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Dec 5, 2014 8:30 PM

Bridge report leaves unanswered questions

The Associated Press

FORT LEE, N.J. (AP) Two investigative reports and millions of dollars later, the residents of Fort Lee, New Jersey, still don't have a definitive answer for why their city was subjected to days of excruciating gridlock last year.

The interim report from the joint legislative committee obtained by news outlets Thursday following months of investigation strongly suggests the traffic havoc caused by lane realignments near the George Washington Bridge was political retribution against Mayor Mark Sokolich. The Fort Lee Democrat had declined to endorse Republican Gov. Chris Christie's re-election bid.

But the 136-page document leaves open many questions about exactly what motivated ex-Christie aide Bridget Kelly and ex-Port Authority official David Wildstein to act and who knew about their scheme and when.

"Kelly's email to Wildstein, as well as additional evidence described below, demonstrates that the September 2013 lane closures and the ensuing Fort Lee gridlock were the specifically intended result of a calculated plan to clog Fort Lee's streets with unmanageable congestion," it reads. "What remains difficult to ascertain at this point, however, is why Kelly and Wildstein chose to cause the traffic problems in Fort Lee and with whom, if anyone, they conspired beforehand to do so."

Both refused to appear before the panel.

The report is also inconclusive about whether Christie knew about the lane closures and when and how his knowledge developed.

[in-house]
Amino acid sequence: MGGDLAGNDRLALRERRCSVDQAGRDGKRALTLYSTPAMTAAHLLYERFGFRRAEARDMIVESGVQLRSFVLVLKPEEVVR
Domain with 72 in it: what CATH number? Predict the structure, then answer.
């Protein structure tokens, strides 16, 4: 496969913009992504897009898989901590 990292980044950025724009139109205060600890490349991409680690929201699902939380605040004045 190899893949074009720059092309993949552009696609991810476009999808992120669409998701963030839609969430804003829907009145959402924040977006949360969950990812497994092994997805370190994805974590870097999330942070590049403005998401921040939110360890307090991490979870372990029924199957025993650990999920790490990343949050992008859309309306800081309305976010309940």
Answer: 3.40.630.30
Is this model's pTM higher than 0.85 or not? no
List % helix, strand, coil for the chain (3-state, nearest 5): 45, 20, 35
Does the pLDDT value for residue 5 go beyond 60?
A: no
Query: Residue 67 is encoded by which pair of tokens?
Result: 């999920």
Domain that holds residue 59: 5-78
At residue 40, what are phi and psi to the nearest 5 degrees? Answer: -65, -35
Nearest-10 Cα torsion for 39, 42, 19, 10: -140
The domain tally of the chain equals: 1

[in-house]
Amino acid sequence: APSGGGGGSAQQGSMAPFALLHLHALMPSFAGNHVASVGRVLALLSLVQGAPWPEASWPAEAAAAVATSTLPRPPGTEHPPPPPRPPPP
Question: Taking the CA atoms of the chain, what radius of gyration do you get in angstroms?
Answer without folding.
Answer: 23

A report commissioned by the Christie administration determined there was "not a shred of evidence Governor Christie knew anything about the GWB lane realignment beforehand," its lead attorney, Randy Mastro said in a statement.

A criminal investigation by the U.S. attorney's office is continuing.

What is clear from the emails, text messages and testimony, however, is that Fort Lee's mayor who declined to comment did something to incur Kelly's wrath. Emails and text messages described in the report show Kelly's deep disdain for Sokolich seemed to take even her subordinates by surprise. But even as traffic choked his city, Christie appointees and aides ignored Sokolich's increasingly desperate pleas for help. The mayor was finally able to get through only after calling from a different number.

Lawmakers concluded that the mayor's potential endorsement "was at least a consideration in deciding to close the lanes." But without access to Kelly, Wildstein, and other witnesses and documents, they wrote, "the Committee remains unable to reach a definite conclusion as to what (and who) may have motivated them."

In Fort Lee on Friday, many residents said they'd given up following the ins-and-outs of the investigation. Others seemed resigned to accept that they may never know exactly why their city was targeted or whether the governor had anything to do with it.

"I'd say that we are never going to find out with confidence why it happened," said Phil Brainerd, 55, a computer consultant who's lived in the city for almost a decade.

He said he felt the process was too political, with Democrats using the committee "as their opportunity to make a Republican presidential candidate look bad."

Christie is considering a run in 2016.


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